PTI “Why the f*@ck aren’t you lot over here for PT now?-get moving!”

        Padre ‘Stay seated gents, i just want to run through with you the procedures for reporting any sign of stress that may lead to breakdown”

        PTI walks over to Padre and us “Get the f*@ck up now and move”‘Padre get them moving now!”

        Padre “What rank am I?’

        PTI ‘What?”

        Padre “Don’t what me you over steroided ball bag”,”what rank am I?’

        PTI ‘Colonel”

        Padre “Colonel what”

        PTI :’Colonel Sir”

        Padre ‘ Now sgt, you will be meeting with me after these men have finished BFA 1″

        PTI ‘Why?’

        Padre ‘Don’t why me-I gave you an order”

        PTI ‘Yes Sir”

        Padre “You may leave gentlemen, have a great day”

        One of my fondest memories of the ARA.

        I found out later that Padre was an infantry battalion commander and had served all over the world, including Rwanda.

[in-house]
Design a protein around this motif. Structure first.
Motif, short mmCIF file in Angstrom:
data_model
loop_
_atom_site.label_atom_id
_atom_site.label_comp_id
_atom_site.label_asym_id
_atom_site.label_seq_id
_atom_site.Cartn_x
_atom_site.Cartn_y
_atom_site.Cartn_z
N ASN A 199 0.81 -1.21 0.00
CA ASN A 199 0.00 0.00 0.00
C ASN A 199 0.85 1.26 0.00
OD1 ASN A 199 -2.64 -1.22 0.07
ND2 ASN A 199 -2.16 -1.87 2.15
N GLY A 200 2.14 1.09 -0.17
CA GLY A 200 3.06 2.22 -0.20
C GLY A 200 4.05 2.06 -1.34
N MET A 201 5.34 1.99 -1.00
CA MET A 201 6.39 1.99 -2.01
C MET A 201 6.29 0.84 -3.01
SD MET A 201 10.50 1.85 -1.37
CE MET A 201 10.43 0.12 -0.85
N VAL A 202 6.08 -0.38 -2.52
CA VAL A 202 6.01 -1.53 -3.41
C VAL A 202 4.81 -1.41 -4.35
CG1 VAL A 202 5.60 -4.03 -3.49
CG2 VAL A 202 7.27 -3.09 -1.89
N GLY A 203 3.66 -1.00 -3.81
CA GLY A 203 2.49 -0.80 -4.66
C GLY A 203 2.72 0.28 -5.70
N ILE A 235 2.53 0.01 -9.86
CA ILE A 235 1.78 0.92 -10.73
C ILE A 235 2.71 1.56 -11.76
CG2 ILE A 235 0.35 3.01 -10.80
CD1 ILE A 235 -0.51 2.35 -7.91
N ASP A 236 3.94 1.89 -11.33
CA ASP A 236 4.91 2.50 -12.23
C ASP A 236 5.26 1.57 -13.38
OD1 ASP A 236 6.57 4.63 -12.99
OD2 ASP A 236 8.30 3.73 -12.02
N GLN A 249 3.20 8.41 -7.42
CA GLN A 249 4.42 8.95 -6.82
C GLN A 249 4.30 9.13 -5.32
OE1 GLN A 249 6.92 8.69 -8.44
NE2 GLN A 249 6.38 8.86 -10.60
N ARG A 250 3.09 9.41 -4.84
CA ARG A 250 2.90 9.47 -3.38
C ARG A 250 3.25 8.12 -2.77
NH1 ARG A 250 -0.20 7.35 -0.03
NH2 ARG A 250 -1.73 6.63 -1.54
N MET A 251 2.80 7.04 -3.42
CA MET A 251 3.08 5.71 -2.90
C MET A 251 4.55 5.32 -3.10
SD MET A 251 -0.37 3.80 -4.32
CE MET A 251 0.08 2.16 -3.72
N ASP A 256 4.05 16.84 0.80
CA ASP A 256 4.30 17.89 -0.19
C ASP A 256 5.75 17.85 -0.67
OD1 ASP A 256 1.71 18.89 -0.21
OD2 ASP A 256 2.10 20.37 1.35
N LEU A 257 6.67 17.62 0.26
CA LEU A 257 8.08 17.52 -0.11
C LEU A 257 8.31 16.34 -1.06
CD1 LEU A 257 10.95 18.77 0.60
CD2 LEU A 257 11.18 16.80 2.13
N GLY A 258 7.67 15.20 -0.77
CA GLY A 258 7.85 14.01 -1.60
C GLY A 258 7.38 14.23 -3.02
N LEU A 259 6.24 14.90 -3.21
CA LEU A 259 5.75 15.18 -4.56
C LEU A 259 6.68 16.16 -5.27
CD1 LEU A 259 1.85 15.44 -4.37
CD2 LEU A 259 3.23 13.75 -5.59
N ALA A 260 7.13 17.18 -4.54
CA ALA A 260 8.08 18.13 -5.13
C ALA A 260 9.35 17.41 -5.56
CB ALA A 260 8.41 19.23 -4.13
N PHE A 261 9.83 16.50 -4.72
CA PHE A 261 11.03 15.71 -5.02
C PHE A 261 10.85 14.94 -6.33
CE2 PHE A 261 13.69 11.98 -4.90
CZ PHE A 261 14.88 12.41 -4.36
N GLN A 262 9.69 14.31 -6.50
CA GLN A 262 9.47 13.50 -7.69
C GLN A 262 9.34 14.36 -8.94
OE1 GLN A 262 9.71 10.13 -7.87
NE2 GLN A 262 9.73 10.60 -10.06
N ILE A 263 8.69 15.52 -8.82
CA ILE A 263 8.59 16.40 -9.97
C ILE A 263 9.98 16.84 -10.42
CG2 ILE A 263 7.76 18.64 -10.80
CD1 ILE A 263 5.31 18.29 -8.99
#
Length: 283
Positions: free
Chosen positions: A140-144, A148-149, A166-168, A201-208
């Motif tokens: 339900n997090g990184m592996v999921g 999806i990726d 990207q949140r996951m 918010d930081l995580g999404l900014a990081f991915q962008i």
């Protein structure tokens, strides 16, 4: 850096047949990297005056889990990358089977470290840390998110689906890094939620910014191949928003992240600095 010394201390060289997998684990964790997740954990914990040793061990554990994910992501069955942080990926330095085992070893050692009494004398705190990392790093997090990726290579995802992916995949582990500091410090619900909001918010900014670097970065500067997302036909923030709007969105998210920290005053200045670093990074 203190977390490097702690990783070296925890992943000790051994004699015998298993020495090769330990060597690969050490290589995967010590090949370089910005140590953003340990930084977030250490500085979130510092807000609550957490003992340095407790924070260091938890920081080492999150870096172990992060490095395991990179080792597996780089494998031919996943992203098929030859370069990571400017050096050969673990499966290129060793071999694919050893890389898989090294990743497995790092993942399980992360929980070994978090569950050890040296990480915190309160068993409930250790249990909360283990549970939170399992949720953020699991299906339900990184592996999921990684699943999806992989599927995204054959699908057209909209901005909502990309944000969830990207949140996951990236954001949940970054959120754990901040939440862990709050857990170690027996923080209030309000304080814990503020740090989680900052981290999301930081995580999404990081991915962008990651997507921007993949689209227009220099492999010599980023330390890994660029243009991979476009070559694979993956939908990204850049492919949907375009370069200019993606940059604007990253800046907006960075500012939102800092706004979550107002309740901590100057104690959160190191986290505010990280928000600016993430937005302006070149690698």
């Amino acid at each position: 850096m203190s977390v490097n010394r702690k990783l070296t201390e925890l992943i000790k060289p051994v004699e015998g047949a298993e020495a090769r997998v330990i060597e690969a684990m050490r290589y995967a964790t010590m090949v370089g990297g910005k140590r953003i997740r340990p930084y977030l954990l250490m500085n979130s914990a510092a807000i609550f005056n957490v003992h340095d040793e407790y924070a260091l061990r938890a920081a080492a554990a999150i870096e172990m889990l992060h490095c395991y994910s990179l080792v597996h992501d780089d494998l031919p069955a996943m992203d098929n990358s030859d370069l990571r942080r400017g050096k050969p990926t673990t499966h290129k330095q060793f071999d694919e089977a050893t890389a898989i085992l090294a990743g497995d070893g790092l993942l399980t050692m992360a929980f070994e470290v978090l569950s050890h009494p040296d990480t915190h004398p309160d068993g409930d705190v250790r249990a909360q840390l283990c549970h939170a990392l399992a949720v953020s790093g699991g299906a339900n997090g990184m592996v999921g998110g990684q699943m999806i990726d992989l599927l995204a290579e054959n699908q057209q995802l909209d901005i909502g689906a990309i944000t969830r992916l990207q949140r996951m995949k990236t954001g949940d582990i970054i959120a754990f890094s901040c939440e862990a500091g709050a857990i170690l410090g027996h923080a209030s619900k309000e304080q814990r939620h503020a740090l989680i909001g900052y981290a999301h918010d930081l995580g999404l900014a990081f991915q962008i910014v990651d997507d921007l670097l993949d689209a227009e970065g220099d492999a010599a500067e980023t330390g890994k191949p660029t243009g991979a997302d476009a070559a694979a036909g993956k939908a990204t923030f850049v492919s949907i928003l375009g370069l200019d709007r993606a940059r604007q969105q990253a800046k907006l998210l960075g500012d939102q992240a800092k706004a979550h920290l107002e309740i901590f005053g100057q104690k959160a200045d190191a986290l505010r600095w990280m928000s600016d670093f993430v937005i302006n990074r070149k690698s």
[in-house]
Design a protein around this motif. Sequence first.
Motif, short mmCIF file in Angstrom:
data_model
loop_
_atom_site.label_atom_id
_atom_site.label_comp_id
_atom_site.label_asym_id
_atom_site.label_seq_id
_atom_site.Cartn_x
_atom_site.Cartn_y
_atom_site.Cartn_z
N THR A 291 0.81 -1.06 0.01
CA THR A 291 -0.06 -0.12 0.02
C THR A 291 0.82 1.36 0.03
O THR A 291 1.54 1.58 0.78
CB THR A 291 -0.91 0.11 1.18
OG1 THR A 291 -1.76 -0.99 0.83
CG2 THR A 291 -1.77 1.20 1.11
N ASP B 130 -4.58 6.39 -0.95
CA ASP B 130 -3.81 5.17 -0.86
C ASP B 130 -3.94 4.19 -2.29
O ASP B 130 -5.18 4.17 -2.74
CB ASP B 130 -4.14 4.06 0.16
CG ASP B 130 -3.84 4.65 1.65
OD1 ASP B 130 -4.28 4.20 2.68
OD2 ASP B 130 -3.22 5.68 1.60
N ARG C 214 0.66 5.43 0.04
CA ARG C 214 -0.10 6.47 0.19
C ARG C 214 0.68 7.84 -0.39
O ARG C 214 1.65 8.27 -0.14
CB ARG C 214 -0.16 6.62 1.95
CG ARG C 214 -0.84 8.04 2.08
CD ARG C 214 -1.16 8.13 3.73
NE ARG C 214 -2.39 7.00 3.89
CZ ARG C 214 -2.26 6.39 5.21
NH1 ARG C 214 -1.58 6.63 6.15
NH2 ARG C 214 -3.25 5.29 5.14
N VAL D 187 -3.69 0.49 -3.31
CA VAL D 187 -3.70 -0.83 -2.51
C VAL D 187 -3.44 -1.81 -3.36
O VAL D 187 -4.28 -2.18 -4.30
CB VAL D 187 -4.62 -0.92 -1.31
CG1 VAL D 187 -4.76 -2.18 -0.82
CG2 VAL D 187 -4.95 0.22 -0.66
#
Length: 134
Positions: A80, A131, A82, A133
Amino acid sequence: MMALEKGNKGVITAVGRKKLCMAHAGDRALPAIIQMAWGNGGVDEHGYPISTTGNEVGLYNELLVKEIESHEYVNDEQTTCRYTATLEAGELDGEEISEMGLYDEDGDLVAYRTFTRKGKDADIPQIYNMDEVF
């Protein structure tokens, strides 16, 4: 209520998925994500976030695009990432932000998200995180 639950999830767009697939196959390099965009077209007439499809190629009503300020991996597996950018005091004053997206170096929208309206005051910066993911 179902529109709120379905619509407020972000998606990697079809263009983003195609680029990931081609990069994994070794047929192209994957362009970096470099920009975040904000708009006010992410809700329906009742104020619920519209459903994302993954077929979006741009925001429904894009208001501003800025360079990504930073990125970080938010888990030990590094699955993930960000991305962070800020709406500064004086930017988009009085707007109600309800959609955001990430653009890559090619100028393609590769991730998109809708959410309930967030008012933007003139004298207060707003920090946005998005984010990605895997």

9. Capt. Kent Brashear on August 4, 2012 at 9:31 pm

    From 1962 through 1980 my life was tied to the air force, both enlisted and commissioned.

    Of course we had Chaplains and they did hold church services, but mainly they were there to listen to troops pour out their hearts in times of trouble. The Chaplains unlike the MDs didn’t run to the service member’s commander to squeal on the airman or officer, sometimes ruining a career.

    Chaplains have their place. I can’t speak for today’s military, but I bet there is a mole hill to be found here.
    Sergeant/Capt. Kent Brashear
    cradle to grave Texas Baptist

    • Joseph P. Farrell on August 4, 2012 at 10:04 pm

      You’re probably right Captain… nonetheless I find the trend very disturbing, especially when what is patently a non-historical form of christianity CLAIMS to be historical, and then has a disguised geopolitical agenda in the form of a doctrine. This is the real problem for me.

    • Robert Barricklow on August 5, 2012 at 8:37 am

      I would like to think it is in isolated pockets. There is an appearance of stragetic placements of religious cliques in specific operations.